Start-ups encounter setback as corona shuts down economyThe government should provide relief to start-ups by paying salaries, say experts.
Binita Karki was processing 9,000 litres of plum wine at her newly established Pure Joy winery at Dhapakhel, targeting to have it ready for New Year's Day celebrations slated for next week when the lockdown was declared, preventing her from visiting the site and checking on the production.
“If this had happened during the winter, it would not have been a problem. But keeping it for a long time in the summer can be not good,” she said.
Karki expects to incur a loss of Rs5 million which could increase if the lockdown is extended. The raw materials she was importing from China and India have been on hold for many weeks now.
Abhishek Gurung, co-founder of online night food delivery service Bhok Lagyo, had to shut down operations following the lockdown. “Business was going well and the number of orders had increased from 50 to 60-70 daily,” he said.
Many start-up entrepreneurs like Karki and Gurung, who are engaged in production and delivery services and whose work cannot be performed off site, are pondering their next move.
Karki said that she has not been able to collect outstanding payments from her customers, and business is at a complete halt. Karki has provided paid leave to her eight employees, and she has production and office expenses that need to be taken care of.
She is planning to forego her own salary so she can use the money for essential expenses. “It might make things a little bit easier,” she said. “This situation has not only created a loss but also discouraged start-up entrepreneurs like us,” she added.
Gurung does not need to pay salaries to his delivery boys as they have gone back to their villages, and he has no outstanding payments. They can rejoin the company when they return. “The government's announcement to waive one month's rent has also provided some relief,” he said.
Kavi Raj Joshi, co-founder and CEO of Next Growth Ventures, said that the lockdown would certainly lead to job losses and closure of many start-up companies in the start-up ecosystem.
“The current situation has created a survival question for companies based on production and services targeting niche markets,” he said.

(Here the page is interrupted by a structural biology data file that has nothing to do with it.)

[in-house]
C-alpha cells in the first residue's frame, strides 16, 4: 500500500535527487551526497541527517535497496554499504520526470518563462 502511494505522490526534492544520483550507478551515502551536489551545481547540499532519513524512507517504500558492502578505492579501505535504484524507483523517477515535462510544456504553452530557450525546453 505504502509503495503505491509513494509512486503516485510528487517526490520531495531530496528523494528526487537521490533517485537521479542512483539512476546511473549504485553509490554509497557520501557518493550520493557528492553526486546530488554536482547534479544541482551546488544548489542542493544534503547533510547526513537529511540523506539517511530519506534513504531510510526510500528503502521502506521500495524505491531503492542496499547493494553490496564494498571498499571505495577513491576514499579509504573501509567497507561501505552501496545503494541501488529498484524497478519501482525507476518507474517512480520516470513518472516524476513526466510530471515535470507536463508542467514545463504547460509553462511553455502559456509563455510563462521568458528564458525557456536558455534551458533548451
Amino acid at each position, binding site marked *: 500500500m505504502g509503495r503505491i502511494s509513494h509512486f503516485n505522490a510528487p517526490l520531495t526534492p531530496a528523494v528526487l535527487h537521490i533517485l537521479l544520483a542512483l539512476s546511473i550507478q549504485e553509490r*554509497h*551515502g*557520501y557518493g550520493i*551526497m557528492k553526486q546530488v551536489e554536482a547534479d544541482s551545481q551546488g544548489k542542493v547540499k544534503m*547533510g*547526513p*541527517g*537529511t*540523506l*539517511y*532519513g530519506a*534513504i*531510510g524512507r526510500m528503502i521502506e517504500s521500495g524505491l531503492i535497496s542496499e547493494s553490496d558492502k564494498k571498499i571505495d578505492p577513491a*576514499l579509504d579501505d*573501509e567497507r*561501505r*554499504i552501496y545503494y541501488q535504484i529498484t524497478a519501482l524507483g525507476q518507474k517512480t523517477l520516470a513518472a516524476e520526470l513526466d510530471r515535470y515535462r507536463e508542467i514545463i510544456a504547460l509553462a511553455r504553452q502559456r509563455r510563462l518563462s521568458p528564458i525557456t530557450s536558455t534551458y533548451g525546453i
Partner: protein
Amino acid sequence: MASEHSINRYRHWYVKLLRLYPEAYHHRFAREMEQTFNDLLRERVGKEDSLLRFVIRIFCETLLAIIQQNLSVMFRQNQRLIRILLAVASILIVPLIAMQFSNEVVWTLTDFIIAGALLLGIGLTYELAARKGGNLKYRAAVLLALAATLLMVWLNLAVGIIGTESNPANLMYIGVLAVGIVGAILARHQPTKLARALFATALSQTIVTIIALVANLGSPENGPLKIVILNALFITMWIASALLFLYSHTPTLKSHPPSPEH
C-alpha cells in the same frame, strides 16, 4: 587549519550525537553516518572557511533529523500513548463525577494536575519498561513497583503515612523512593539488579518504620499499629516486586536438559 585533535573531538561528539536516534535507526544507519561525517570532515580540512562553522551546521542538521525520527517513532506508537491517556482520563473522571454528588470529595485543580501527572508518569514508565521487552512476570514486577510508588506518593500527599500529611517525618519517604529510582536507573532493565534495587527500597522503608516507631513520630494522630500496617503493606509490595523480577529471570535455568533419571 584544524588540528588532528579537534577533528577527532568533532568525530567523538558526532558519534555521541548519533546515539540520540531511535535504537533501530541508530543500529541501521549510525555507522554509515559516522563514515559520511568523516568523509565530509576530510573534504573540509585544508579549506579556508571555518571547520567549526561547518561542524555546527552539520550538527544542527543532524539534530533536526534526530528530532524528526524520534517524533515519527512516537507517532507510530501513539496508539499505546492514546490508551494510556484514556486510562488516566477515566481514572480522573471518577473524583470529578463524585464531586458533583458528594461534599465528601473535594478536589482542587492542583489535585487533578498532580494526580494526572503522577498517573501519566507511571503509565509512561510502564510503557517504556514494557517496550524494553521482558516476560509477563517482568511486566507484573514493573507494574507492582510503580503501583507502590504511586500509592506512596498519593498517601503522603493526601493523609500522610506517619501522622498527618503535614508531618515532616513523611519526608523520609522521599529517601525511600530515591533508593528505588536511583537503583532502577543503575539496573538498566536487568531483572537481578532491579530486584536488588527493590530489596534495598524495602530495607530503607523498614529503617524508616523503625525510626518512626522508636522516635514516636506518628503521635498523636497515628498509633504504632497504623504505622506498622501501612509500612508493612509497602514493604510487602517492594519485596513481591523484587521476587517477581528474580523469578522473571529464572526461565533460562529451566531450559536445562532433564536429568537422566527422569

“As many start-ups are based on the bootstrap model, many companies do not have reserve cash to last them six-seven months, and this has created a survival question resulting in lay offs,” he said. "It is also hard to get investment funds in the long term as well with Covid-19 affecting the whole economy."
Joshi gave an example of Pathao which has raised funds to last till 2021, saying that start-up companies like them will not have any problem. The current crisis might also be an opportunity for many start-up entrepreneurs to learn risk management in business, he added.
Start-up entrepreneurs can also utilise this time for self-analysis to find out the major lapses and strategies to cope with a situation like this. As the situation has also spread the idea of working from home, start-ups might think about not spending money on office space and saving on expenses by working remotely.
The time can be better utilised in building networks as technology has provided many options to get connected, which can be helpful in making relations with the ecosystem, Joshi said.
He added that the government should provide relief packages for start-up entrepreneurs for the current situation. As most of the jobs are being created by small businesses, it would be a great relief for the overall start-up ecosystem if the government paid the salaries for three months. Some affected countries have already started providing relief packages to start-up entrepreneurs, he said.
The situation is stressful for entrepreneurs, Joshi said, adding that a start-up might fail, but entrepreneurship should not.